New Systemic Risks: Challenges and Opportunities for Transatlantic Cooperation
Economic and financial market risks, the consequences of climate change, terrorism, organized crime, supply security of energy and raw materials, the increase of cybercrime, and the vulnerability of critical infrastructure—governments, businesses, and societies face numerous systemic risks. Purely national approaches to cope with these transnational challenges are doomed to fail. In fact, there is a need for international cooperation. The United States and the EU are key players in this context—without the two economic and political heavyweights, systemic risks cannot be handled adequately. Despite the high degree of integration of their economies, sound political relations, and similar vulnerabilities to systemic risks, cooperation between the two partners is often difficult. What are the reasons for the lack of cooperation? Are there different risk cultures on both sides of the Atlantic hindering closer cooperation? Or do material interests explain diverging risk perceptions and/or policy answers to systemic risks?
The project “New Systemic Risks: Challenges and Opportunities for Transatlantic Cooperation” aims at answering these questions in order to identify the need and potential for cooperation as well as points of conflicts between the transatlantic partners.
The project analyzes governance of systemic risks in the United States and the EU in three relevant policy fields. Differences and similarities of the transatlantic partners in the four pillars of risk governance—assessment and evaluation of risks, risk management, and risk communication—within the policy fields of economic and financial policy, raw materials policy, and security politics will be identified with the help of case studies (single case studies and comparative analyses).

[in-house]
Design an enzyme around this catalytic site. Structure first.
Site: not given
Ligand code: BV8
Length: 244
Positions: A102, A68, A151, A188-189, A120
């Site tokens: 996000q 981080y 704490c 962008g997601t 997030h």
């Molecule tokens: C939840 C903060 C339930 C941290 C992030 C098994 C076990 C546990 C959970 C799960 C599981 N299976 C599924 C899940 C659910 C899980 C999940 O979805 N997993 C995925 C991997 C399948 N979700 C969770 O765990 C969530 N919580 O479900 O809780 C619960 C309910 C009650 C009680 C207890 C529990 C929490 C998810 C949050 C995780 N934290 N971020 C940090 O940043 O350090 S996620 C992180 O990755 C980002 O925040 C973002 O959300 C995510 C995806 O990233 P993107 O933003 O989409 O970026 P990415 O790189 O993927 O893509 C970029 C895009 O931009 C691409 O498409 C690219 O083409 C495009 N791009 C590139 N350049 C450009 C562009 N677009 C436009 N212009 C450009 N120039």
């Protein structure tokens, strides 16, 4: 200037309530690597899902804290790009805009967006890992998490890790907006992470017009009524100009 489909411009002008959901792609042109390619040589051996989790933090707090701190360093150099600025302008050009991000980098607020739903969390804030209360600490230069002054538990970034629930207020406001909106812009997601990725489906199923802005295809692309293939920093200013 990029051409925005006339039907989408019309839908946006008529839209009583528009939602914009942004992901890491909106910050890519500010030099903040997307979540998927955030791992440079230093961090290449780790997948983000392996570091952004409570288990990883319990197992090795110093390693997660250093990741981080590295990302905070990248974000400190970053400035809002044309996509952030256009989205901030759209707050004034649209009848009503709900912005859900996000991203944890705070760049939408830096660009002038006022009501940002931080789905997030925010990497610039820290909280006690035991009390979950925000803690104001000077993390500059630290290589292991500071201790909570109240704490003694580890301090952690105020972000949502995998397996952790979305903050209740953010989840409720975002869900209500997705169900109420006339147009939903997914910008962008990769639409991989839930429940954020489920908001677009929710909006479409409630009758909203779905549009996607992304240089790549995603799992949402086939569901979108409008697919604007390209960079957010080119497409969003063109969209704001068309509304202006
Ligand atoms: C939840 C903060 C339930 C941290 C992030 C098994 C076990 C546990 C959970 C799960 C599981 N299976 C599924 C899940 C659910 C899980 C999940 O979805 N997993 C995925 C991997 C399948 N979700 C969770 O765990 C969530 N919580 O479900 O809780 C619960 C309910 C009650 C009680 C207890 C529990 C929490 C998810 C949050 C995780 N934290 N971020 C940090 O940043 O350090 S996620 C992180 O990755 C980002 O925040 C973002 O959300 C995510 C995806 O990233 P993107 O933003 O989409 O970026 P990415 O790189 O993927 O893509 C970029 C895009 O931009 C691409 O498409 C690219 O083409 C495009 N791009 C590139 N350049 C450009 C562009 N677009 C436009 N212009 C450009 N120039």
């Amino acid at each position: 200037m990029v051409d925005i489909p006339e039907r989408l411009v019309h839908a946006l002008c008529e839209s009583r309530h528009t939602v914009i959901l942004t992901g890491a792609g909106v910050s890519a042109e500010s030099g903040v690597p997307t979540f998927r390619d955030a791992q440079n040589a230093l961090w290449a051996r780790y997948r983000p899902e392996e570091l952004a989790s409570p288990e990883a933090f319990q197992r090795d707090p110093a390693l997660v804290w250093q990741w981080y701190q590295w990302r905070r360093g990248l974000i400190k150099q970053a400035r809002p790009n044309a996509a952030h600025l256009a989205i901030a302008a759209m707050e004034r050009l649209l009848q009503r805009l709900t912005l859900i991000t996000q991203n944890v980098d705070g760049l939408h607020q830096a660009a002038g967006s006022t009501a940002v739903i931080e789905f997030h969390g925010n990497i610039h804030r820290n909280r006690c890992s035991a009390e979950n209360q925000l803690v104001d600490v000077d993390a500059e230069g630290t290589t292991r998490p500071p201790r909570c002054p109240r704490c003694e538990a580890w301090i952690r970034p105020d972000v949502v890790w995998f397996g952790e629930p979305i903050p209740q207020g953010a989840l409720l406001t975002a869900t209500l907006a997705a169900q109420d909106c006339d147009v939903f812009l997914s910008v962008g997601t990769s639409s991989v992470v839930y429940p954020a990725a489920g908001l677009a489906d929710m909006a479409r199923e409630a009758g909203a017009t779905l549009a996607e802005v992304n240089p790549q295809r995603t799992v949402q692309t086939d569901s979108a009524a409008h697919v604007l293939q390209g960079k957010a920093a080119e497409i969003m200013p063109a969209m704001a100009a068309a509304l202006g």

Project partners and research activities
The research project is carried out by the Stiftung Wissenschaft und Politik (German Institute for International and Security Affairs (SWP)), and the American Institute for Contemporary German Studies (AICGS) at Johns Hopkins University, USA. The project brings together scholars as well as practitioners in Europe and the United States. It contributes to the exchange between these experts from both sides of the Atlantic and aims at elaborating scientific knowledge and policy recommendations that serve a better transatlantic cooperation in the governance of risks.
The research is accompanied by three workshops with international scholars and practitioners. Results are published and discussed at two conferences in Berlin and Washington.
Transatlantic Risk Governance: New Security Risks, December 6, 2012
Climate and Energy Risks: A Transatlantic Comparison, April 8, 2013
Issue Brief 43: Risk Governance and Transatlantic Cooperation in Space, by Max M. Mutschler
Issue Brief 44: Who’s Afraid of GMOs? Understanding the Differences in the Regulation of GMOs in the United States and European Union, by Linnea Kreibohm
Policy Report 56: From the West to the Rest. Changing Patterns on Global Metals and Mineral Markets: A Need for a Global Dialogue on Raw Materials in a Changing World, by Roderick Kefferpütz and Stormy-Annika Mildner